April 24 marks the 100th anniversary of the beginning of the Armenian Genocide in which as many as 1.5 million men, women and children were systematically killed off by Ottoman Turks and their accomplices. It is important that we pause to remember this date and commit ourselves to preventing such horrors from being repeated, despite all the evidence indicating we humans are not up to the task.
While it is important to remember April 24 and to continue to seek official acknowledgement from the Turkish government for crimes committed by its predecessors, Armenians need to move on and continue to share their talents with the world.
William Saroyan, until recently likely the most famous Armenian in the world, once said, “It is simply in the nature of Armenian to study, to learn, to question, to speculate, to discover, to invent, to revise, to restore, to preserve, to make, and to give.”
Please take a look at this list to see that Armenians have contributed.
I’ve included photos of some you might have known were wholly or part Armenian and some, I suspect, you did not.
This is the don’t wanna but gotta category–
Bet you didn’t know category–
Bet you really didn’t know–
BACKGROUND: Armenia is an ancient nation, historically covering a large area in what is now eastern Turkey, northern Iraq and northern Iran with communities scattered into present-day Syria, Lebanon and Jerusalem. Armenians say they settled around Mt. Ararat after Noah’s ark landed there following the Bible’s Great Flood. It claims that in 301AD it became the first nation to accept Christianity as its official religion.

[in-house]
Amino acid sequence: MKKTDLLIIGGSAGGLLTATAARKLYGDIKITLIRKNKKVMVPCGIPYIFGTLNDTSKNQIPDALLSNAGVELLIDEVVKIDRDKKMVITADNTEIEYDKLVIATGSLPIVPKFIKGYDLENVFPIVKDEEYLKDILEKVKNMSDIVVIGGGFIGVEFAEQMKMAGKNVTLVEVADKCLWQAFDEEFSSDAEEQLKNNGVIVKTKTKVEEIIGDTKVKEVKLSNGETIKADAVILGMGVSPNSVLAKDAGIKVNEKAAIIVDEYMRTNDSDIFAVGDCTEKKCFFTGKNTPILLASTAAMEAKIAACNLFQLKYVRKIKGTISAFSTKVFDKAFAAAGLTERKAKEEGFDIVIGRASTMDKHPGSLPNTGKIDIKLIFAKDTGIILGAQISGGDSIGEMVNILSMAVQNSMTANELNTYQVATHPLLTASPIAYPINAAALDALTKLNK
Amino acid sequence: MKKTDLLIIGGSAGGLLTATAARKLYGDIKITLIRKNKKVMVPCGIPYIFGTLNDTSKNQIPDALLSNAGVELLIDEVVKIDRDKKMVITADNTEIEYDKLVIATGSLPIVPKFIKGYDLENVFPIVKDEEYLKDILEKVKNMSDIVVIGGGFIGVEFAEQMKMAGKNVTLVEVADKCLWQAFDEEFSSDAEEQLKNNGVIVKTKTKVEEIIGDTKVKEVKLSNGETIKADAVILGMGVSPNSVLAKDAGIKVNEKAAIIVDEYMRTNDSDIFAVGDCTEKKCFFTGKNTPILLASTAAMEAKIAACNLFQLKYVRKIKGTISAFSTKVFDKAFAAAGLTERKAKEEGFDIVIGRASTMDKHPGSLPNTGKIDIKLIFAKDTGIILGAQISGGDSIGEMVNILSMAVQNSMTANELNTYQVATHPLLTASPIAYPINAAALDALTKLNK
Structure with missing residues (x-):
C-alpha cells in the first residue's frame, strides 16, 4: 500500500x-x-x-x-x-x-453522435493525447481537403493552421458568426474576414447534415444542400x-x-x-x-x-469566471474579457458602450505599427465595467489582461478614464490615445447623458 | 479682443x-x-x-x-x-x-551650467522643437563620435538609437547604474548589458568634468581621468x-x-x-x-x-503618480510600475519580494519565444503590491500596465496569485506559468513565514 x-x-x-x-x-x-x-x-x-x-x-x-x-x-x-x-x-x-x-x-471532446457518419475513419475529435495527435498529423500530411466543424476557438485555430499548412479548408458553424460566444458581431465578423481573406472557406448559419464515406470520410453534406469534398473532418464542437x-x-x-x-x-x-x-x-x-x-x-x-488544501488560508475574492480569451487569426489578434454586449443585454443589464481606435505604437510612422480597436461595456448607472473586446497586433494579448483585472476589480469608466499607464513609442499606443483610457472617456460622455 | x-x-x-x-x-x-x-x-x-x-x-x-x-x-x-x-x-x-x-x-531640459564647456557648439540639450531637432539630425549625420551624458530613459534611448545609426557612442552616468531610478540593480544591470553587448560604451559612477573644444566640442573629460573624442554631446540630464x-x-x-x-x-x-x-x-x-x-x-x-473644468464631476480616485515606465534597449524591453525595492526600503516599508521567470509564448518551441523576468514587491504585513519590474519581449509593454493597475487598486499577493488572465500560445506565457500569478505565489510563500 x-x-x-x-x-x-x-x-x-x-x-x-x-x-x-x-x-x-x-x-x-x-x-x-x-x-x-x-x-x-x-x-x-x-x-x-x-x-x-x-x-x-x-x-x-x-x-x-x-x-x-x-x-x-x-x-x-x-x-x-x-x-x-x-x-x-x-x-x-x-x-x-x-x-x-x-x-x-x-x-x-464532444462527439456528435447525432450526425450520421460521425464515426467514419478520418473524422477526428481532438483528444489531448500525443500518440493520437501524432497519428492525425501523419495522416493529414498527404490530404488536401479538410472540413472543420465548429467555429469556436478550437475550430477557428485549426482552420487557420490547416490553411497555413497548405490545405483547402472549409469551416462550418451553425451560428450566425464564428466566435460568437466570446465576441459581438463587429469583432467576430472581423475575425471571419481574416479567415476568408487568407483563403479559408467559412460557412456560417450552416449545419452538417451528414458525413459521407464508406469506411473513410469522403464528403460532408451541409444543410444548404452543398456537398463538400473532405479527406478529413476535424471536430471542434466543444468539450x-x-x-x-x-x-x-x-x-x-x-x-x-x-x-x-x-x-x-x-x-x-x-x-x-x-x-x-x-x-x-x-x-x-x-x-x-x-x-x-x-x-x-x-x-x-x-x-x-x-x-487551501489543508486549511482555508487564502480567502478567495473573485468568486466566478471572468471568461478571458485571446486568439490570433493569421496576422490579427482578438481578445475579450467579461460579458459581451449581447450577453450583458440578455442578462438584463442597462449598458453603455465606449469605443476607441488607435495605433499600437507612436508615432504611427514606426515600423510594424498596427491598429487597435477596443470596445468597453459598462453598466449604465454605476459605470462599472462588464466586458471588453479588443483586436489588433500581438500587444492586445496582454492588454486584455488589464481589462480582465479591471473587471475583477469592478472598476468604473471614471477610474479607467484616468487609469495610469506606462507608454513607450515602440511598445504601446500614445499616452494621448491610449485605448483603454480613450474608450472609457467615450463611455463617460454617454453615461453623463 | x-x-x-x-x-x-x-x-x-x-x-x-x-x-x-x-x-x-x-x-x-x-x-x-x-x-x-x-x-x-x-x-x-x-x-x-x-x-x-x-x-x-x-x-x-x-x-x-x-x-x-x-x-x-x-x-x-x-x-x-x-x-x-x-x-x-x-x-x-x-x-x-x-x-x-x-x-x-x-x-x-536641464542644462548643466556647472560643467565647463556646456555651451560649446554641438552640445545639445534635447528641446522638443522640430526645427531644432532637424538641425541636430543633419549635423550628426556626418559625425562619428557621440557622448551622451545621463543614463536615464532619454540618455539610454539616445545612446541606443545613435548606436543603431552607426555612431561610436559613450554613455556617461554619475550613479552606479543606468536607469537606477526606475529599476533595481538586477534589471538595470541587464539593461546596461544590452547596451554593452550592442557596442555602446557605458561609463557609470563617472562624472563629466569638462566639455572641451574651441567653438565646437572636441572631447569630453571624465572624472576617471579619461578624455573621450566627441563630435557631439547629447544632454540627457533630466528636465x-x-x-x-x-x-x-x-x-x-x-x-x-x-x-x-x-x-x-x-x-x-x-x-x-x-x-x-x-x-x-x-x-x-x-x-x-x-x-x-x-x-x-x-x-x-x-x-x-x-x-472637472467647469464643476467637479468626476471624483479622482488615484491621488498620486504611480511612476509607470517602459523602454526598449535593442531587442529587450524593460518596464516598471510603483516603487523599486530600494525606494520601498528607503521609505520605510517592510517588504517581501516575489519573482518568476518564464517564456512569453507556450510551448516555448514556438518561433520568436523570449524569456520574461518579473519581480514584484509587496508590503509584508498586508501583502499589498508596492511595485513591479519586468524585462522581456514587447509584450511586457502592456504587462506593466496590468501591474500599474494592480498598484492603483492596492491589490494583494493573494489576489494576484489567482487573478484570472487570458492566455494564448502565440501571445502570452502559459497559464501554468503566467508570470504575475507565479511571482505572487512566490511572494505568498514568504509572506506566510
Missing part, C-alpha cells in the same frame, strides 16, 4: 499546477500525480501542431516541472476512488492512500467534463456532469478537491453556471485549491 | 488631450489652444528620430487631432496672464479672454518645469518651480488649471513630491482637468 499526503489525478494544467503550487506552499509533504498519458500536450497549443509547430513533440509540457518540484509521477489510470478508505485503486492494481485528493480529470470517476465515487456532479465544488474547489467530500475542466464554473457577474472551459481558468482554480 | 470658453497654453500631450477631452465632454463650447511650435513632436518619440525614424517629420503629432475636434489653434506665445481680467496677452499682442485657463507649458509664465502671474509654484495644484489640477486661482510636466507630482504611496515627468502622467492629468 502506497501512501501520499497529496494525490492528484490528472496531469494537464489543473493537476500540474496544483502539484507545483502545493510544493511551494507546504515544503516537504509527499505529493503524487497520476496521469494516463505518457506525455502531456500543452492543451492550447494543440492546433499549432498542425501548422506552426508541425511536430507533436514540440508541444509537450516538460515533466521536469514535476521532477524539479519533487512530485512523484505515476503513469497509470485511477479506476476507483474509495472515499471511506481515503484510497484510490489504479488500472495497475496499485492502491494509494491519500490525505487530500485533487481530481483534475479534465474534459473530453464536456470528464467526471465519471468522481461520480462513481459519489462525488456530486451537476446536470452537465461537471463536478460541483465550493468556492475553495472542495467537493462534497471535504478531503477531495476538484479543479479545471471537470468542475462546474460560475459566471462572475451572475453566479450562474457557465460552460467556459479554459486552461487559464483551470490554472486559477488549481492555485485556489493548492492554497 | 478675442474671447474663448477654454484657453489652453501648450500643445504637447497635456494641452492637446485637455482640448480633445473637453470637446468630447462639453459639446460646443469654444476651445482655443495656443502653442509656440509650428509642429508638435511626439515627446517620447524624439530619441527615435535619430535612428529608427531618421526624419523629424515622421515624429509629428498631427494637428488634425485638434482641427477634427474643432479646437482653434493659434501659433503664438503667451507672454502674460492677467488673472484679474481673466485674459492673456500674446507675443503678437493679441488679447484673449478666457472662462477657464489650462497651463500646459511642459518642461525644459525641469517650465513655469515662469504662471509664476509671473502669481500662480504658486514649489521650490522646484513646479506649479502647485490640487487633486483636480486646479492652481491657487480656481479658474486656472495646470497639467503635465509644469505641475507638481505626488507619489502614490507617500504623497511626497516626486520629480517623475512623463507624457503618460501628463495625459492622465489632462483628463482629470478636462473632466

Being in at a geographically important trade and military crossroads, Armenia has been conquered many times by many different cultures. Most of its ancient homelands came under Ottoman rule during the fifteenth and sixteenth centuries and remained so for hundreds of years.
During World War I, the region was a chaotic battleground with Turks, Russians, Kurds, Armenians, Arabs and others along with the western Allies fighting it out for the future of the entire Middle East.
On April, 24 1915, Ottoman (Turkish) authorities arrested more than 250-270 Armenian political leaders and intellectuals in Constantinople (now Istanbul). These leaders along with several thousand more were soon killed, jailed or deported. The date is used to commemorate the beginning of The Armenian Genocide.
“While there is no clear consensus as to how many Armenians lost their lives during the Armenian genocide and what followed, there seems to be a consensus among Western scholars with the exception of few dissident and Turkish national historians, as to when covering all the period between 1914 to 1923, over a million Armenian might have perished, and the tendency seem recently to be, either presenting 1.2 million as figure or even 1.5 million, while more moderately, “over a million” is presented, as the Turkish historian Fikret Adanir provides as estimation, but excludes what followed 1917.”
NO CLAIMS TO PHOTOS OR ARTWORK.